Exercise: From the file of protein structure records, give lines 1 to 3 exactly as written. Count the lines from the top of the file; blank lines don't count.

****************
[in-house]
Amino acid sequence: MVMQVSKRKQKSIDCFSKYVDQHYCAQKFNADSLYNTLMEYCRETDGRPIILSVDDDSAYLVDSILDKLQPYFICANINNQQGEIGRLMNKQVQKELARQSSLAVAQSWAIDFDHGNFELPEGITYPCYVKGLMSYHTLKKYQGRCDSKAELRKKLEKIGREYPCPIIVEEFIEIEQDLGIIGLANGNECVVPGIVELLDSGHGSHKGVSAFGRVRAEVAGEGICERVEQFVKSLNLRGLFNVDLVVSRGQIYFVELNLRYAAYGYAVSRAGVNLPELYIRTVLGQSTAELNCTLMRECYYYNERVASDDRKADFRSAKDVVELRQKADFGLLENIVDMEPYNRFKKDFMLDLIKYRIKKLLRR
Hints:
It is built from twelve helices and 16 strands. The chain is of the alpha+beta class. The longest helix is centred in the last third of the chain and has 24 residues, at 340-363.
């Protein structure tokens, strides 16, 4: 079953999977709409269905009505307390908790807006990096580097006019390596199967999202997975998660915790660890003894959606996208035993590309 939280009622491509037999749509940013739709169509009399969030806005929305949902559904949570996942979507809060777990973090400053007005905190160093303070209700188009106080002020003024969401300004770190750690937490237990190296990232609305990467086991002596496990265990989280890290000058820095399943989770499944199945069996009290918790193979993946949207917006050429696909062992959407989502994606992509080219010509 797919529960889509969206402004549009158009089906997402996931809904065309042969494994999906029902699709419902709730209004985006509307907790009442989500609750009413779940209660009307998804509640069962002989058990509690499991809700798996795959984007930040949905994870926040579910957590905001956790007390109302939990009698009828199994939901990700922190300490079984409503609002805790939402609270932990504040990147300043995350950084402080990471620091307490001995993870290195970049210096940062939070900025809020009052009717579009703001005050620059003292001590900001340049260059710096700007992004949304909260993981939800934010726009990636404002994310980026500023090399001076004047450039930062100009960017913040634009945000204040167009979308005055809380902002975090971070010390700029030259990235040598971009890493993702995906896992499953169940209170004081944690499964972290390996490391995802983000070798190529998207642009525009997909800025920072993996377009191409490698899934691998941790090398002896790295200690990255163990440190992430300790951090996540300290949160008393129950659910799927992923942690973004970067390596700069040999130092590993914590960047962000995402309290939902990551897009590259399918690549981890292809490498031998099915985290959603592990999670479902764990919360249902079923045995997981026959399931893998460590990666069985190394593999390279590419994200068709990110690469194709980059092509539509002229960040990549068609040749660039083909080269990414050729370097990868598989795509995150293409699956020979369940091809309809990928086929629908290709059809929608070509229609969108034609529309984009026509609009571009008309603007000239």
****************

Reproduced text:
[in-house]
Amino acid sequence: MVMQVSKRKQKSIDCFSKYVDQHYCAQKFNADSLYNTLMEYCRETDGRPIILSVDDDSAYLVDSILDKLQPYFICANINNQQGEIGRLMNKQVQKELARQSSLAVAQSWAIDFDHGNFELPEGITYPCYVKGLMSYHTLKKYQGRCDSKAELRKKLEKIGREYPCPIIVEEFIEIEQDLGIIGLANGNECVVPGIVELLDSGHGSHKGVSAFGRVRAEVAGEGICERVEQFVKSLNLRGLFNVDLVVSRGQIYFVELNLRYAAYGYAVSRAGVNLPELYIRTVLGQSTAELNCTLMRECYYYNERVASDDRKADFRSAKDVVELRQKADFGLLENIVDMEPYNRFKKDFMLDLIKYRIKKLLRR
Hints: